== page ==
Cannon-cockers like precision. Once they factor atmospheric conditions into firing solutions, they have high confidence that the projectiles they fire will follow predictable parabolic paths and strike exactly where they aim, whether or not they can see their target. In almost every case, inaccurate artillery results from wrong measures of the environmental conditions that affect fire, not the physics that governs a shell’s track. Regardless of accuracy, however, artillerists have long enjoyed the certainty that once they pull the lanyard, feed the tube or flip the switch, almost nothing will stop a shell, mortar round or rocket until these weapons impact the ground.
Two exceptions to the rule involve land- or sea-based air defense missile systems such as the Patriot or Standard, and the ship-borne CWIS (close-in weapon system), a high-speed gun that can fire 3,000 rounds-per-minute at very close range to interpose a destructive curtain between an incoming projectile and a vessel. Both defenses rely on complex sensor systems, usually independent from the weapons themselves and perform best against weapons fired from miles away, inbound in obstacle-free open skies. Because air defense batteries use projectiles and missiles that require time to launch, accelerate and fly interception routes, these systems are only effective against missile-sized targets with measurable radar cross sections that make them detectable over long distance tracks, even though they travel at high speed. Artillery shells are simply too small and will close too quickly from relatively short ranges to allow detection and interception before they hit home.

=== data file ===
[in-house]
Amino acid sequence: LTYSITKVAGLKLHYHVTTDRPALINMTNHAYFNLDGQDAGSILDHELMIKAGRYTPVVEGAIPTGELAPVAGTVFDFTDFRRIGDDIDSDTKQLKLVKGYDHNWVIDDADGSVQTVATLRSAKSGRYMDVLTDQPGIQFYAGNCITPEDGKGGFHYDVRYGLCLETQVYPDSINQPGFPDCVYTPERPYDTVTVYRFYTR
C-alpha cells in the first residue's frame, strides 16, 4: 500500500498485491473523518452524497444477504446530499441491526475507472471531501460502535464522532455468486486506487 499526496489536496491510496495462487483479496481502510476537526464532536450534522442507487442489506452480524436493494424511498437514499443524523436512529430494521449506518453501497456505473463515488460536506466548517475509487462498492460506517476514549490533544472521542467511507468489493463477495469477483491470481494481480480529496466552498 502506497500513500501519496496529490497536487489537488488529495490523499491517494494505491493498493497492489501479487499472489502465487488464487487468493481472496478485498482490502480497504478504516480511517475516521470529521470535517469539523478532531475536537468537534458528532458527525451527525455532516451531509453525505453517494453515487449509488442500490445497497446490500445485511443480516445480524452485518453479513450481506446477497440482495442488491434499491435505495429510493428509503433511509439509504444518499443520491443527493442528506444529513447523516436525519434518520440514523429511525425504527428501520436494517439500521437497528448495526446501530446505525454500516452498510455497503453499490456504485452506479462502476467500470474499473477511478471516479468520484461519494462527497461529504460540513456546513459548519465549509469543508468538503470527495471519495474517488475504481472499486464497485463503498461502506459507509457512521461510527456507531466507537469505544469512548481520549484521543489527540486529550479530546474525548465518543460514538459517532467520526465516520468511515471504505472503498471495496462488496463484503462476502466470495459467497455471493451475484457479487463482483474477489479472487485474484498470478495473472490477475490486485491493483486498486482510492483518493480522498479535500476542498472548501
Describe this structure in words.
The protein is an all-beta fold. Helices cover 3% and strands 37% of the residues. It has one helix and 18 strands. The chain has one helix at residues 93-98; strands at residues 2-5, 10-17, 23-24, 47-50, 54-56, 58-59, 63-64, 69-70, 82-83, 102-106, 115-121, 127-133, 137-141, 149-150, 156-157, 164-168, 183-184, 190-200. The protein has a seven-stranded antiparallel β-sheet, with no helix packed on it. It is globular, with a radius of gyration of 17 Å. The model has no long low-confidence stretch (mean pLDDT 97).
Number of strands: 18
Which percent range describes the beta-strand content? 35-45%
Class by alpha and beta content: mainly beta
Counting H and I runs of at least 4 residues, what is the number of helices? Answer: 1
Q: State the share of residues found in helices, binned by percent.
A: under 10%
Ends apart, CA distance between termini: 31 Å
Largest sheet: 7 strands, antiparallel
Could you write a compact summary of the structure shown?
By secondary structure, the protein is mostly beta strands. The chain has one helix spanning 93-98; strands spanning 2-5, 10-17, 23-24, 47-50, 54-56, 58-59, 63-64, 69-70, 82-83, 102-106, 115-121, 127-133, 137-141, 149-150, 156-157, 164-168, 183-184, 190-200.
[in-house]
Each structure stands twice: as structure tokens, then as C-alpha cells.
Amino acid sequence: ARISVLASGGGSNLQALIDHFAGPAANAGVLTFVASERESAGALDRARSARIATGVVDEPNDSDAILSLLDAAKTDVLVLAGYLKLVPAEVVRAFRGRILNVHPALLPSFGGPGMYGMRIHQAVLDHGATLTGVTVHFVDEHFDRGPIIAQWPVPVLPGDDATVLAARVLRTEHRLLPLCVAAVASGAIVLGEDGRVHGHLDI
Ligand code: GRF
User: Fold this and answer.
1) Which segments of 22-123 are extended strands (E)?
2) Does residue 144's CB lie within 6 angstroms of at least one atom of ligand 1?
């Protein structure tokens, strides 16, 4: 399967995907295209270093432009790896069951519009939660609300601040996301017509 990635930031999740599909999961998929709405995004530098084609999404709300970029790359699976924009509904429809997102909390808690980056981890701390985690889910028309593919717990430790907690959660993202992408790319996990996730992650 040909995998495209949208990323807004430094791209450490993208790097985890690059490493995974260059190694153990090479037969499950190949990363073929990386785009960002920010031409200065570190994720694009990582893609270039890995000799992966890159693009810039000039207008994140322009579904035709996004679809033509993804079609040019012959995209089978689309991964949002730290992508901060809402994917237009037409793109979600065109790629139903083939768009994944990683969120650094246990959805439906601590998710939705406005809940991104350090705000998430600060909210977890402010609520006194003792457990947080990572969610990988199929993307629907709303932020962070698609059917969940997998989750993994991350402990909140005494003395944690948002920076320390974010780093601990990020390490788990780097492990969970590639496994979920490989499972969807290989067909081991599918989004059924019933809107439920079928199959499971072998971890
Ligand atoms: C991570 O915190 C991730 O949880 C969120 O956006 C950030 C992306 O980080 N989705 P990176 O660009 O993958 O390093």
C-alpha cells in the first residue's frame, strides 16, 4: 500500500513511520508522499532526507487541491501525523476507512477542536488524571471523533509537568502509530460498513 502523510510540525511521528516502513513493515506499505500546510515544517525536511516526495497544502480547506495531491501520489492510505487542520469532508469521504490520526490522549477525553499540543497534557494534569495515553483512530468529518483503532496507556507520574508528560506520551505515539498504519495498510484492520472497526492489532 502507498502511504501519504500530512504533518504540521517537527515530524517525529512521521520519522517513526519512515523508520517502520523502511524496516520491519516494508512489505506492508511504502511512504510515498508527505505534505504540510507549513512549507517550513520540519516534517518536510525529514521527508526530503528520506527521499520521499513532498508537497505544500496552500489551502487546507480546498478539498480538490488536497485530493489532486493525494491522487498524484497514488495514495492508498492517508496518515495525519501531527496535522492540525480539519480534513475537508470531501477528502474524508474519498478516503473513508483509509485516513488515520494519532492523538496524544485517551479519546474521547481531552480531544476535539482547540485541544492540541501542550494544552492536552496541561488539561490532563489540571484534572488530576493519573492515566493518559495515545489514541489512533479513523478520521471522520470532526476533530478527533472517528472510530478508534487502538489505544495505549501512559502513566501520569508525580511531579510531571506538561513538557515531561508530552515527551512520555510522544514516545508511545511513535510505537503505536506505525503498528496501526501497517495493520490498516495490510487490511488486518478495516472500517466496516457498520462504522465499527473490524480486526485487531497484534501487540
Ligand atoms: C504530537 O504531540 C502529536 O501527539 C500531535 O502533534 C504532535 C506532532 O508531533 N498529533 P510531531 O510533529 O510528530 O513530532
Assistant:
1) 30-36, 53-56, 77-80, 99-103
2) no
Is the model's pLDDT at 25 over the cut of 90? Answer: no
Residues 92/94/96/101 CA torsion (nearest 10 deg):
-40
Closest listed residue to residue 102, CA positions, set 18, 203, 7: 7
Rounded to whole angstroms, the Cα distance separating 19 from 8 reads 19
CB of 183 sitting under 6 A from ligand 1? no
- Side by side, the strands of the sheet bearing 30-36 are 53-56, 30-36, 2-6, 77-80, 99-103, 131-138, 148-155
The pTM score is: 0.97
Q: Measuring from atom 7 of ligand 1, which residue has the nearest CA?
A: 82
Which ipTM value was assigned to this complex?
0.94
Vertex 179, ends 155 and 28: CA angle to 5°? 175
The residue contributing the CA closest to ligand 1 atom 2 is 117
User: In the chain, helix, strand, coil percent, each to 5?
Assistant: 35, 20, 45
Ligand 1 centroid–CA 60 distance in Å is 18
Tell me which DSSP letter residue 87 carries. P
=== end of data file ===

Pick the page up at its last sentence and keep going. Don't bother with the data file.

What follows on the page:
Clearly, weapon developers who want to counter artillery cannot rely on similar systems to overcome the threat of incoming fire with consistent success. Instead, engineers want a mechanism with sufficient power and speed to overcome the fastest target, regardless of size or trajectory. Fortunately, a solution has been available for more than 40 years—light amplification by stimulated emission of radiation, better known by its familiar acronym, the L.A.S.E.R.